october 17, 2015
By Coach Eladio Valdez
The high repetitious nature of running tightens muscles. While things loosen up a little even if you do nothing, over time, muscles will get tighter and become more susceptible to injury. However, if you invest some time for loosening up, a little bit will go a long way! Mobility exercises are something to seriously consider if you’d like to lower the risk of getting injured (besides, injured runners are grumpy people due to not getting their endorphins!) while also improving your running.
Foam rolling is vastly underrated in terms of how much it can help you loosen up. Getting into the habit of rolling a few minutes before each run will dramatically lower your risk of injury as you increase blood flow to the running muscles while also loosening things up. Doing so, after each run, will loosen muscles that naturally tighten after a run.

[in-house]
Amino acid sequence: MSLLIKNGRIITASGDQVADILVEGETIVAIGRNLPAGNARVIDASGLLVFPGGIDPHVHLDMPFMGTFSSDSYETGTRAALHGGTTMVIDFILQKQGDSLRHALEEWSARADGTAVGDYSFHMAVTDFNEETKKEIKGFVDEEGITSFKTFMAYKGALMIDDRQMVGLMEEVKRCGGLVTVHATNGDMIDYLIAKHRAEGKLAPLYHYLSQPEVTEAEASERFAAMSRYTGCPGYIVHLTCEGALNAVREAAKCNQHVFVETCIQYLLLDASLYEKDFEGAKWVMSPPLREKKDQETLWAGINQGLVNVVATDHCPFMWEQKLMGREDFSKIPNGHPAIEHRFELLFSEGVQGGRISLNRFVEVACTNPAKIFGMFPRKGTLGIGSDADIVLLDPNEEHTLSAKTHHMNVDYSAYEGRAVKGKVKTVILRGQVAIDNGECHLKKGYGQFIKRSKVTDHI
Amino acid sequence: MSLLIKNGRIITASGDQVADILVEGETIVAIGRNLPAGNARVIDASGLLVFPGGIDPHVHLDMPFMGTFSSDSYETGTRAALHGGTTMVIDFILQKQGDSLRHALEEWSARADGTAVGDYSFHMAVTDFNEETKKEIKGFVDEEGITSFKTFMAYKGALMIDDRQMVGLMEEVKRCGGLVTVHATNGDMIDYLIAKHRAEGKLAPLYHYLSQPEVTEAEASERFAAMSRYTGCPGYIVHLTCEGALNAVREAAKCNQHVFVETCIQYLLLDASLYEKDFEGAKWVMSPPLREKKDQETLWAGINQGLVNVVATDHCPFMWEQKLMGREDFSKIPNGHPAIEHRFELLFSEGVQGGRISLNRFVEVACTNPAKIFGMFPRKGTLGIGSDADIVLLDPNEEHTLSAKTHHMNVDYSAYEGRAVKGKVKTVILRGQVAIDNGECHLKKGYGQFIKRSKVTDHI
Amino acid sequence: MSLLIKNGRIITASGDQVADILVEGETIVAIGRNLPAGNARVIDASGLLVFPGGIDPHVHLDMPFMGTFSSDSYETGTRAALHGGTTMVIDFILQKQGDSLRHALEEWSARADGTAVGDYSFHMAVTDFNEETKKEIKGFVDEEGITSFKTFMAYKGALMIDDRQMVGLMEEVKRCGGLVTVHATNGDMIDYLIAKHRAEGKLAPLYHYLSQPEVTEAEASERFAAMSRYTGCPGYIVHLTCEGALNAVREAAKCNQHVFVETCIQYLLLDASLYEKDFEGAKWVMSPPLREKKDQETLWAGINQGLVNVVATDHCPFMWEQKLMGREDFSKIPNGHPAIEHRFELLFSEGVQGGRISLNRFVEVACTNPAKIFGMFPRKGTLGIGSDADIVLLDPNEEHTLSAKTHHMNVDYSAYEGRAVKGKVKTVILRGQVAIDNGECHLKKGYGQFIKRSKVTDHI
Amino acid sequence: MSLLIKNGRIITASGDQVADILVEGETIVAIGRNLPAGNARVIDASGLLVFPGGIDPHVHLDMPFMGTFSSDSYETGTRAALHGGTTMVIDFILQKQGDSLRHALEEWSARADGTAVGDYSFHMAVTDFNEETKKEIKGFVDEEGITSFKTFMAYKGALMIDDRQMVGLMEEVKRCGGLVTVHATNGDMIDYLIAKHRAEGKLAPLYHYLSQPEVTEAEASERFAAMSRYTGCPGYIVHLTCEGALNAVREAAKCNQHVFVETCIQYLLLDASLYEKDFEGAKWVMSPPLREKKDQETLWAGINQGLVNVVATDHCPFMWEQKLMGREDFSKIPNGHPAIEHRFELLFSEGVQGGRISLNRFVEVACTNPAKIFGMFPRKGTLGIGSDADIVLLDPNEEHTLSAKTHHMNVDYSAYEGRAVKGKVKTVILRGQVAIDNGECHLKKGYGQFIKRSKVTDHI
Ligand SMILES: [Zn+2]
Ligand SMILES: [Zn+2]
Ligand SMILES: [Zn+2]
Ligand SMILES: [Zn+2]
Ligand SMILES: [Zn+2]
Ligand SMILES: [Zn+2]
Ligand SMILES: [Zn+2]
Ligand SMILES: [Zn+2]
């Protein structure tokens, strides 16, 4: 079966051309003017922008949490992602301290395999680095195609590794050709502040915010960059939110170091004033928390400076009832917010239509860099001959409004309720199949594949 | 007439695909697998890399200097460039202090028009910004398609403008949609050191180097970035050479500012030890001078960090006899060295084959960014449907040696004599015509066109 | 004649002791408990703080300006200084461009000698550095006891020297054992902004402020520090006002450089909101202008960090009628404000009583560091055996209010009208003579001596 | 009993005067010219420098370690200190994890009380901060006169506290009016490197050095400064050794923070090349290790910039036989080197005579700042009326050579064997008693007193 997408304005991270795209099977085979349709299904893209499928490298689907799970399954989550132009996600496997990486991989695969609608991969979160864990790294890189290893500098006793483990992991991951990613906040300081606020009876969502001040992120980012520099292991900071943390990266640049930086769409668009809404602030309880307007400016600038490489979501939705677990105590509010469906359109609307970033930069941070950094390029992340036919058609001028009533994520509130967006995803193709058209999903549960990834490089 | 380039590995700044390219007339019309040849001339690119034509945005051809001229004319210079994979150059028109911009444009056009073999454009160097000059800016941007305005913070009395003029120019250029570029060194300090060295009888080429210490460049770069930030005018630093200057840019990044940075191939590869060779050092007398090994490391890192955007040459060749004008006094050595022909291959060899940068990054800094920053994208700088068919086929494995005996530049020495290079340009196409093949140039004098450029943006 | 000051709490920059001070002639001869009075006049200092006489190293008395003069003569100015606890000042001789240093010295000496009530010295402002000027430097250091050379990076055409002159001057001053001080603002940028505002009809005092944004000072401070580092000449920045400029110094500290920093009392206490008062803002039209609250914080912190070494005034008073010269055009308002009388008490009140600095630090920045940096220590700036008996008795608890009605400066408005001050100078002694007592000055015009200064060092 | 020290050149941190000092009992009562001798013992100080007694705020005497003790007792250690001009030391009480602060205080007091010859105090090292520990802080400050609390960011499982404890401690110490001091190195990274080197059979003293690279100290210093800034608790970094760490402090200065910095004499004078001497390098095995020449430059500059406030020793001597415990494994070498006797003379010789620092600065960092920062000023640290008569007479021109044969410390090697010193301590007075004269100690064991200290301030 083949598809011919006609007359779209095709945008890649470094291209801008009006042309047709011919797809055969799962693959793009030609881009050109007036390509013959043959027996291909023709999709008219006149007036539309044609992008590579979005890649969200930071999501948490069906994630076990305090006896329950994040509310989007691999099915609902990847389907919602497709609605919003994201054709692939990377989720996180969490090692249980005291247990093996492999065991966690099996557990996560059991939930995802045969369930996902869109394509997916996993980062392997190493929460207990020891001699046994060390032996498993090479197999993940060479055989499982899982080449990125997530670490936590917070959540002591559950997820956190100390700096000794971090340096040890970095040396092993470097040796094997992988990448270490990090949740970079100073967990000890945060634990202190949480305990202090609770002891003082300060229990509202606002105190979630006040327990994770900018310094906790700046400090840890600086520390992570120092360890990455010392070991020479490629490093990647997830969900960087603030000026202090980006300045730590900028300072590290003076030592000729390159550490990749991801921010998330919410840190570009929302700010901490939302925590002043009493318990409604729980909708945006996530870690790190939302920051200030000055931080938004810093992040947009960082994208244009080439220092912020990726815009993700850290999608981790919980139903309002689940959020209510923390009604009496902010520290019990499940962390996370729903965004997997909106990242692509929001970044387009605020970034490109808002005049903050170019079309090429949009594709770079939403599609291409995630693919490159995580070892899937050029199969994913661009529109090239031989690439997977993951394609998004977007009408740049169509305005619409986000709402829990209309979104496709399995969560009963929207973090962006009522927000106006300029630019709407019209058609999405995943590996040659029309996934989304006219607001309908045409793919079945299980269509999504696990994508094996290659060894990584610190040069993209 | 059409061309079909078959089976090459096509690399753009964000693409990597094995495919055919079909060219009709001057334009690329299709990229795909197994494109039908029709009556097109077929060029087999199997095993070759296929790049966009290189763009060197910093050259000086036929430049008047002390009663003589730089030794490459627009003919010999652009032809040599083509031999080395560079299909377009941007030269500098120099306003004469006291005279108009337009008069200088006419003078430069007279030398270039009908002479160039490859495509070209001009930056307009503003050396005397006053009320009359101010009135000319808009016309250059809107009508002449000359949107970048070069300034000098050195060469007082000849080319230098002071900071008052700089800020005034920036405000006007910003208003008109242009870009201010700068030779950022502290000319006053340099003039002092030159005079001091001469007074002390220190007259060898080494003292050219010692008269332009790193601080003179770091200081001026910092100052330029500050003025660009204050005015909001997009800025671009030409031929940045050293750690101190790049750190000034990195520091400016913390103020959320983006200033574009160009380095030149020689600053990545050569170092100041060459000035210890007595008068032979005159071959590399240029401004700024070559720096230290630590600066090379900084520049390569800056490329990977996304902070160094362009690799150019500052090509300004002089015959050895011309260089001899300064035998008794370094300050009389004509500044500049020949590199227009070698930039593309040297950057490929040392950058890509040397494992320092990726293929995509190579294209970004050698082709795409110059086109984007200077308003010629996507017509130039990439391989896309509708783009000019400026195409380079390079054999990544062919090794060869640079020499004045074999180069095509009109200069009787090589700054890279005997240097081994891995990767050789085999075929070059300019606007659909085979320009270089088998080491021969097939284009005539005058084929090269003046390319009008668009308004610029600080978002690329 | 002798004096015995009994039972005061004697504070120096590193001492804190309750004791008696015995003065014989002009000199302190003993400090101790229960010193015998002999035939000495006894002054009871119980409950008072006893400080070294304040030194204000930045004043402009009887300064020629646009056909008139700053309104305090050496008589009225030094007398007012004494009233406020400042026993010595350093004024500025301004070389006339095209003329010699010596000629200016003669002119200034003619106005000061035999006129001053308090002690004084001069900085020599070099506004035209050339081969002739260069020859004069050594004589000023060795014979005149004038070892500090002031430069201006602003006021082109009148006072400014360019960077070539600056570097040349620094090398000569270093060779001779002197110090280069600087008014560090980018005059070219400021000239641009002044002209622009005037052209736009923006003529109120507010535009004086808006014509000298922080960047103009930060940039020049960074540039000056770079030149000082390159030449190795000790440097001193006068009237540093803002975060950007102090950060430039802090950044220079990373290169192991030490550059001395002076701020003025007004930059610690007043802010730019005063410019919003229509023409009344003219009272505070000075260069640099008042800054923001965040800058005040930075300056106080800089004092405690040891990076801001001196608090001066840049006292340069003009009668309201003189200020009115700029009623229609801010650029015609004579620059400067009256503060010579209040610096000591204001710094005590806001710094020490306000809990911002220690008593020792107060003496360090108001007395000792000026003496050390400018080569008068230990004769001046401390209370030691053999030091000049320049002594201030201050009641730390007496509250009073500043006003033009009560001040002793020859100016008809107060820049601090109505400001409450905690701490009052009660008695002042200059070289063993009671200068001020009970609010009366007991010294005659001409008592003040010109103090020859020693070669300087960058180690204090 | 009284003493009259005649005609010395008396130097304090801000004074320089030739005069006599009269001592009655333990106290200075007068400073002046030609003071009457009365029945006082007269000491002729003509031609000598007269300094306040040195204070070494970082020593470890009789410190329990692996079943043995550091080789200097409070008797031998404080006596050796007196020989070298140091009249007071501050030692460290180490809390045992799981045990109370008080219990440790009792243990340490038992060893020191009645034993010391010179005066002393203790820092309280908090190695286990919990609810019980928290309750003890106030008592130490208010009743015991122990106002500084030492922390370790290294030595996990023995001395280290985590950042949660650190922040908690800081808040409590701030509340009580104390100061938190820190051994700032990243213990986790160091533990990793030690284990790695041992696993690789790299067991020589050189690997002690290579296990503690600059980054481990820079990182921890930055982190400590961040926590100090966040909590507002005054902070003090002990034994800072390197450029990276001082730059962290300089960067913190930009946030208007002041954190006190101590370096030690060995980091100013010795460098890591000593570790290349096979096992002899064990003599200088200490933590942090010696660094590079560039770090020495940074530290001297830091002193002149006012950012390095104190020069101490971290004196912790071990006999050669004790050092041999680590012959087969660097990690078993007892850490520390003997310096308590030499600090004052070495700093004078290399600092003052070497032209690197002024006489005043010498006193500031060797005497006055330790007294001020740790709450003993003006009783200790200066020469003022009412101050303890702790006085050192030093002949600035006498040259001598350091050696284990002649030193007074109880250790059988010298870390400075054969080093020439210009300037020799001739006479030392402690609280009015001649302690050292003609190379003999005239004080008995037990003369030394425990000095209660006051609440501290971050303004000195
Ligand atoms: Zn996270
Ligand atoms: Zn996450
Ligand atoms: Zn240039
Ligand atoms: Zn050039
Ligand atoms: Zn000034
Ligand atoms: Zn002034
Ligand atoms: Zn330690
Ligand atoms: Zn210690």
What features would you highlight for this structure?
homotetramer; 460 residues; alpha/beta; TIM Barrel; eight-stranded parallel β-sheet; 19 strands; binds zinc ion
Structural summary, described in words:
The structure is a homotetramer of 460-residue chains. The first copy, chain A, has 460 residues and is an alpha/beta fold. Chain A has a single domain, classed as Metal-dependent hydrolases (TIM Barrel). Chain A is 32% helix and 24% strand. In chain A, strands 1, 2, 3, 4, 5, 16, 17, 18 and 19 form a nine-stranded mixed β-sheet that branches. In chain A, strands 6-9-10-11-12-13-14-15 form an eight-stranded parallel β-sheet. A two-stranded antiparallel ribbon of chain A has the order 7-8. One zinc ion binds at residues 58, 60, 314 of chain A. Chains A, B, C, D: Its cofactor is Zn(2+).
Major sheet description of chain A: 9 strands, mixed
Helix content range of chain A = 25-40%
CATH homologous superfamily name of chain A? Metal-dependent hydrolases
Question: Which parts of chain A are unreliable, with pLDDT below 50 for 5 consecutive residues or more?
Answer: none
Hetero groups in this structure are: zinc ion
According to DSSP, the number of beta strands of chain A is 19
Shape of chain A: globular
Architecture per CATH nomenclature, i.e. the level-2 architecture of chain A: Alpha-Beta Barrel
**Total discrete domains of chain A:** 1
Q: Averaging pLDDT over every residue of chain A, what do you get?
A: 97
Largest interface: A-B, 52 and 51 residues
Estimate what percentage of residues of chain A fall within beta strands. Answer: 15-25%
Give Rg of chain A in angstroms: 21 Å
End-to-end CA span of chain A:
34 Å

Dynamic stretches have been found to safely loosen up your muscles while not weakening them unlike static stretching. Basically, keep moving through a comfortable range of motion while you stretch and you won’t stretch too much. Holding a stretch longer than 2 seconds activates the stretch reflex which causes the muscle to tighten. This is why you must hold a static stretch for at least 30 seconds (although 2-4 minutes is more effective) before the muscle starts to relax. Gently stretching and relaxing the muscle 5-10 times is safer for loosening purposes. You can dynamically stretch before, during (as needed), and after each run. A few minutes before and after each run is all you need as is a minute or less a few times during a run.
Muscle flossing is a fancy word for self-massage in which you press on a tight spot while stretching and relaxing the muscle to break things apart. You can use your hands or better yet, during a run, press against the edge of a park bench, picnic table, playground bars, bleachers, guard rails, fence, etc. while stretching and relaxing the muscle 5-10 times.